Study: Telling fewer lies linked to better health and relationships

August 06, 2012

"Pants on fire" isn't the only problem liars face. New research from the University of Notre Dame shows that when people managed to reduce their lies in given weeks across a 10-week study, they reported significantly improved physical and mental health in those same weeks.

Funded by a grant from the John Templeton Foundation, the "Science of Honesty" study was presented recently at the American Psychological Association's 120th annual convention.

"We found that the participants could purposefully and dramatically reduce their everyday lies, and that in turn was associated with significantly improved health," says lead author Anita Kelly, a Notre Dame psychology professor whose research includes the study of secrets and self-disclosure.

Kelly and co-author Lijuan Wang, also of Notre Dame, conducted the honesty experiment over 10 weeks with a sample of 110 people, 35 percent of whom were adults and 65 percent of whom were college students. They ranged in age from 18 to 71 years, with an average age of 31.

Approximately half the participants were instructed to stop telling both major and minor lies for the duration of the 10-week study. The other half served as a control group that received no special instructions about lying. Both groups came to the laboratory weekly to complete health and relationship measures and to take a polygraph test assessing the number of major and white lies they had told during that week. According to Kelly, Americans average about 11 lies per week.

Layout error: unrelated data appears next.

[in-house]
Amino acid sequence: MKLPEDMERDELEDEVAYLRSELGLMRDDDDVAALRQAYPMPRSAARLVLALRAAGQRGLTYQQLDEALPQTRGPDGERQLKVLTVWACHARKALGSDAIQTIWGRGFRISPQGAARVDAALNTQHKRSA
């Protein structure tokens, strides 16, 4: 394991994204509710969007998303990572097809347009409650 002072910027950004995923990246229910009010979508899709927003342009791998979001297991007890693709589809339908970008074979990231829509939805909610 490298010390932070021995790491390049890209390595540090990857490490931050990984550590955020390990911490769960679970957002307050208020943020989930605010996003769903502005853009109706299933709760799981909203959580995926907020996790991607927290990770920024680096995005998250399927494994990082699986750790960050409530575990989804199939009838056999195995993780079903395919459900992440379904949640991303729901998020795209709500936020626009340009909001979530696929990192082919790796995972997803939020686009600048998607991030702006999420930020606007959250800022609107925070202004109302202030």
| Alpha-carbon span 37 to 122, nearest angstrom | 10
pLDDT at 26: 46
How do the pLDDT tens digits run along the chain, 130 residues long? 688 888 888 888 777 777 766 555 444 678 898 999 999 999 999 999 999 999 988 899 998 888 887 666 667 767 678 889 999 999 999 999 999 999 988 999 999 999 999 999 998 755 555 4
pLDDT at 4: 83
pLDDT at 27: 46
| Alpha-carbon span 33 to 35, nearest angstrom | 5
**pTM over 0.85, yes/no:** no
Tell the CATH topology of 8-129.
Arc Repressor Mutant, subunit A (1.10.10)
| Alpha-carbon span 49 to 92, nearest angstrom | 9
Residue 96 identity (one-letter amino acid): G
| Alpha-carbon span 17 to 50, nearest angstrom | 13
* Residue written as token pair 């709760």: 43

Over the course of 10 weeks, the link between less lying and better health was significantly stronger for participants in the no-lie group, the study found. For example, when participants in the no-lie group told three fewer white lies than they did in other weeks, they experienced on average about four fewer mental-health complaints, such as feeling tense or melancholy, and about three fewer physical complaints, such as sore throats and headaches, the researchers found.

In contrast, when control group members told three fewer white lies, they experienced two fewer mental-health complaints and about one less physical complaint. The pattern was similar for major lies, Kelly said.

Compared to the control group, participants in the more truthful group told significantly fewer lies across the 10-week study, and by the fifth week, they saw themselves as more honest, Kelly said. When participants across both groups lied less in a given week, they reported their physical health and mental health to be significantly better that week.

The study also revealed positive results in participants' personal relationships, with those in the no-lie group reporting improved relationship and social interactions overall going more smoothly when they told no lies.

"Statistical analyses showed that this improvement in relationships significantly accounted for the improvement in health that was associated with less lying," said Wang, who is a statistician.

Is it difficult to keep from lying in day-to-day interaction?

Participants said they realized they could simply tell the truth about their daily accomplishments rather than exaggerate, while others said they stopped making false excuses for being late or failing to complete tasks, Kelly said. Others said they learned to avoid lying by responding to a troubling question with another question to distract the person, she said.
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University of Notre Dame

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